ReviewsPeripheralsI Tested 8 Thermal Pastes - Here Are The Results

I Tested 8 Thermal Pastes – Here Are The Results

I compared the performance and value of 8 popular thermal pastes, including Noctua NT-H2 and Thermal Grizzly Kryonaut, using a consistent testing methodology.

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Thermal pastes (also known as thermal compound, thermal interface material, and a load of other names) are essential for a PC build. However, picking the highest conductivity thermal paste isn’t always the best idea (I’ll explain the reasoning briefly). And, with so many options in the market today, picking the right one can be confusing. That is why I took on the task of testing some of the best thermal compounds available in the market to help you make the right choice.

Key Takeaways

  • The Thermal Hero Quantum proved to be the best thermal paste, beating out the Noctua NTH2 (by 0.°4C), Thermal Grizzly Kryonaut (by 0.9°C), and Arctic MX-4 (by 1.5°C).
  • Arctic’s MX-4, however, provides the best value, with impressive performance and price per gram.
  • GD-007 is the cheapest paste and performs well for that, coming in at $0.7/gram. 
  • Thermal Hero NEO and Ultra showed unimpressive numbers, and I wouldn’t recommend either. 

The List And The Specifications

Thermal pastes being tested
The thermal paste lineup (Image by Tech4Gamers)

Let’s look at the specifications of the thermal compounds we were testing.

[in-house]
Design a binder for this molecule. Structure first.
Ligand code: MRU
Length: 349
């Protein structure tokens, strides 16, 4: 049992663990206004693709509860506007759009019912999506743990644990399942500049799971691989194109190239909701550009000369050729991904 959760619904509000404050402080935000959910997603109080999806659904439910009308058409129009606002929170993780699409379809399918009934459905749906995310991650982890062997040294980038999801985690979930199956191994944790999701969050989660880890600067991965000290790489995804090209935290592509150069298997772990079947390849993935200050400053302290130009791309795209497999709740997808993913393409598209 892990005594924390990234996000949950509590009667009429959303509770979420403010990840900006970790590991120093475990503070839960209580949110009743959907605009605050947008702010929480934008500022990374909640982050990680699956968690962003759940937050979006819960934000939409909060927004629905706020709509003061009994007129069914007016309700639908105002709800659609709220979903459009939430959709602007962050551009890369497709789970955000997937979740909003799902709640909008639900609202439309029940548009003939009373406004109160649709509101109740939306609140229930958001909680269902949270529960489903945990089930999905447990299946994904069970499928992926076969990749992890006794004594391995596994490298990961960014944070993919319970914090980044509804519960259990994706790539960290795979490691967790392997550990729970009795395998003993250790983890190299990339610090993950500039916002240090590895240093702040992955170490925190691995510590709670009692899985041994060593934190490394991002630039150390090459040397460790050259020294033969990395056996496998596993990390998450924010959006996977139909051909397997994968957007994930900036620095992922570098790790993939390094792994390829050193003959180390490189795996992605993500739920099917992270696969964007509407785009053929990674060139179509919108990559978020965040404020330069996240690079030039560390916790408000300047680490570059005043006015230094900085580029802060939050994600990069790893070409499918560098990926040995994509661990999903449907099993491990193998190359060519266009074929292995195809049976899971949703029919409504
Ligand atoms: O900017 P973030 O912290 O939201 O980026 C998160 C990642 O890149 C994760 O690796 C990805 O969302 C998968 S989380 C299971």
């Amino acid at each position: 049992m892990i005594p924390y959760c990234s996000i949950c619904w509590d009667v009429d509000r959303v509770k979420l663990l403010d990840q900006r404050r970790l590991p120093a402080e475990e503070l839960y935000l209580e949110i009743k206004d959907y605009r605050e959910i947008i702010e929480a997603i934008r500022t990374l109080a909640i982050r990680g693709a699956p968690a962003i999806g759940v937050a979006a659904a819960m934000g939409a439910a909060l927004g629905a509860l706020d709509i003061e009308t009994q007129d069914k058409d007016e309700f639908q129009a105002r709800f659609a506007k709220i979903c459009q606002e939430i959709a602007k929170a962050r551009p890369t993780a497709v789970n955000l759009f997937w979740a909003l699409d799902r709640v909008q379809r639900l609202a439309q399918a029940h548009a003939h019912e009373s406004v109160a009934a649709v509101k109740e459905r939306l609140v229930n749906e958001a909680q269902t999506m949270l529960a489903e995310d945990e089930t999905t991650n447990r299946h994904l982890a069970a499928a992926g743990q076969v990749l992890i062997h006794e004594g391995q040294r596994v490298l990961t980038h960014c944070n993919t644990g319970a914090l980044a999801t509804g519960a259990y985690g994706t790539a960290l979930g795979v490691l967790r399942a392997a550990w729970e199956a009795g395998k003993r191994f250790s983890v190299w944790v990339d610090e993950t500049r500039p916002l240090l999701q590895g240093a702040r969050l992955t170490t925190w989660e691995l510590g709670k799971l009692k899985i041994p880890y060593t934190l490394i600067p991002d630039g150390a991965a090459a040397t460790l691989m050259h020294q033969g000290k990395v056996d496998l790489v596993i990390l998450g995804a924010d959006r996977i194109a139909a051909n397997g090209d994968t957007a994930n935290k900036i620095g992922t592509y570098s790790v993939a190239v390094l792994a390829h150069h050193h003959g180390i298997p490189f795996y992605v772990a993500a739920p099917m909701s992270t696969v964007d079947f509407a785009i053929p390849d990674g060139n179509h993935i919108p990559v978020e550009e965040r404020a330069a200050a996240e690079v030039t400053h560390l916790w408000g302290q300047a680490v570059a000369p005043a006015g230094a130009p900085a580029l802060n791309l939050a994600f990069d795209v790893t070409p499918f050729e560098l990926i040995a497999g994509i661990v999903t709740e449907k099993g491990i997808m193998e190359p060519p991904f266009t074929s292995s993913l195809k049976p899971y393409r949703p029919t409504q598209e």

Thermal Compound Thermal Grizzly Kryonaut Arctic MX-4 Noctua NT-H2 GD-007 Thermal Hero Ultra Thermal Hero NEO Thermal Hero Quantum ID-Cooing X25
Thermal Conductivity (W/MK) 12.5 6.8 13 12 17 10.5
Density (g/cm³) 3.7 2.50 2.81 2.6
Operating Temperature (°C) -250-350 -50-150 -50-200 -58-248 -40-180
Viscosity (Pascal/sec) 120-170 3.1 560
Price/gram (approximate) $8.45 $2.5 $5.0 $0.7 $4.0 $5.40 $4.5 $2.70
Check Price Buy Now Buy Now Buy Now Buy Now Buy Now Buy Now Buy Now Buy Now

Manufacturers like Arctic and Noctua have made it a point to stop advertising thermal conductivity, which really is the right thing to do. Meanwhile, three of the compounds from Thermal Hero have different conductivity ratings. It will be interesting to see how they stack against each other and against some of the big dogs in Noctua NT-H2 and Thermal Grizzly Kryonaut.

The price per gram was derived by picking the smallest available syringe of the compound (in case a 1g syringe isn’t available) and then dividing the price by its volume. These are approximate prices, as a few were out of stock at the time of writing.  

Thermal Grizzly Kryonaut comfortably sits on top of the pile for price/gram at $8.45. It is followed by the Thermal Hero NEO ($5.40), which has the lowest conductivity rating among their products in our testing. Meanwhile, the cheapest paste is GD-007, at just $0.7/gram.

Thermal Testing

It’s time to see how these thermal pastes perform. For that, we’re using the following configuration: 

  • CPU: AMD Ryzen 7 7700 @5.2GHz at fixed (1.33Vcore) 105-110W
  • Cooler: Alphacool Eisbaer Pro Aurora 360; Pump at max speed throughout (2700RPM). The Fans were also set to 100% speed in an exhaust configuration on the top side of the chassis.
  • Case: Lian-Li O11-D with all the panels removed and fully ventilated with six intake fans at the rear and bottom spun at a fixed RPM.

How I Tested

  • The room temperature was set to 24~23°C (±0.5°C).
  • I used Noctua’s recommended method to apply the thermal paste (5 dots): 1 (2mm) dot in the middle and one each at the corner of the CPU for each paste.
  • I started with a 30-minute Burn test on Cinebench R23 and then powered off the PC for 15 minutes to let it cool completely so that the thermal paste set was nicely set in place.